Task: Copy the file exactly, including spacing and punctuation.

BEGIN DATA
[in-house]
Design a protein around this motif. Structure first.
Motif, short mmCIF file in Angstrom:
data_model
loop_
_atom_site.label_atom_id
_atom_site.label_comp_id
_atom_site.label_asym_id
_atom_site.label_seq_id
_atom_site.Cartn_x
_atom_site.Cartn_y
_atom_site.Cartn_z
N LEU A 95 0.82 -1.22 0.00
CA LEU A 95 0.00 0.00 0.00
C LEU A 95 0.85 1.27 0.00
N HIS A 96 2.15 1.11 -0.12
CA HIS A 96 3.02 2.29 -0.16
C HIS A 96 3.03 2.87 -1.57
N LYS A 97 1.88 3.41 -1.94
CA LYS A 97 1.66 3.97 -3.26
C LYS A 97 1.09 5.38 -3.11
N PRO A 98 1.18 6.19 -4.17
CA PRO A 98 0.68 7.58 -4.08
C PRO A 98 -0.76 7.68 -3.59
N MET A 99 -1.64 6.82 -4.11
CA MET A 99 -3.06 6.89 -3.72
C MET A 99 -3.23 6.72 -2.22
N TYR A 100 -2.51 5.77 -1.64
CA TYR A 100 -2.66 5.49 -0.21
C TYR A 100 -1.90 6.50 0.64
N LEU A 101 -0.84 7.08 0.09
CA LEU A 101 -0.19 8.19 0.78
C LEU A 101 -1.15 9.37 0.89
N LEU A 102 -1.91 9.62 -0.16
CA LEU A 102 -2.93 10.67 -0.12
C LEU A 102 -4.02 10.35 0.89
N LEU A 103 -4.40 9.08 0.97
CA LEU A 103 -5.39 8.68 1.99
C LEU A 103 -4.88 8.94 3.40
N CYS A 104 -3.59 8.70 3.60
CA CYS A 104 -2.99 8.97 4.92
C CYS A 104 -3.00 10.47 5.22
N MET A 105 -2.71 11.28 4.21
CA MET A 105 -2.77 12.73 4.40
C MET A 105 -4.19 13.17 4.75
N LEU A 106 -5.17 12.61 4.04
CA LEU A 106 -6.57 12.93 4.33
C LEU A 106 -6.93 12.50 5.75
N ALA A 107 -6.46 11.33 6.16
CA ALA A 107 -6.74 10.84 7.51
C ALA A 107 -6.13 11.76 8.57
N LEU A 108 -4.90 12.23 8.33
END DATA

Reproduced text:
[in-house]
Design a protein around this motif. Structure first.
Motif, short mmCIF file in Angstrom:
data_model
loop_
_atom_site.label_atom_id
_atom_site.label_comp_id
_atom_site.label_asym_id
_atom_site.label_seq_id
_atom_site.Cartn_x
_atom_site.Cartn_y
_atom_site.Cartn_z
N LEU A 95 0.82 -1.22 0.00
CA LEU A 95 0.00 0.00 0.00
C LEU A 95 0.85 1.27 0.00
N HIS A 96 2.15 1.11 -0.12
CA HIS A 96 3.02 2.29 -0.16
C HIS A 96 3.03 2.87 -1.57
N LYS A 97 1.88 3.41 -1.94
CA LYS A 97 1.66 3.97 -3.26
C LYS A 97 1.09 5.38 -3.11
N PRO A 98 1.18 6.19 -4.17
CA PRO A 98 0.68 7.58 -4.08
C PRO A 98 -0.76 7.68 -3.59
N MET A 99 -1.64 6.82 -4.11
CA MET A 99 -3.06 6.89 -3.72
C MET A 99 -3.23 6.72 -2.22
N TYR A 100 -2.51 5.77 -1.64
CA TYR A 100 -2.66 5.49 -0.21
C TYR A 100 -1.90 6.50 0.64
N LEU A 101 -0.84 7.08 0.09
CA LEU A 101 -0.19 8.19 0.78
C LEU A 101 -1.15 9.37 0.89
N LEU A 102 -1.91 9.62 -0.16
CA LEU A 102 -2.93 10.67 -0.12
C LEU A 102 -4.02 10.35 0.89
N LEU A 103 -4.40 9.08 0.97
CA LEU A 103 -5.39 8.68 1.99
C LEU A 103 -4.88 8.94 3.40
N CYS A 104 -3.59 8.70 3.60
CA CYS A 104 -2.99 8.97 4.92
C CYS A 104 -3.00 10.47 5.22
N MET A 105 -2.71 11.28 4.21
CA MET A 105 -2.77 12.73 4.40
C MET A 105 -4.19 13.17 4.75
N LEU A 106 -5.17 12.61 4.04
CA LEU A 106 -6.57 12.93 4.33
C LEU A 106 -6.93 12.50 5.75
N ALA A 107 -6.46 11.33 6.16
CA ALA A 107 -6.74 10.84 7.51
C ALA A 107 -6.13 11.76 8.57
N LEU A 108 -4.90 12.23 8.33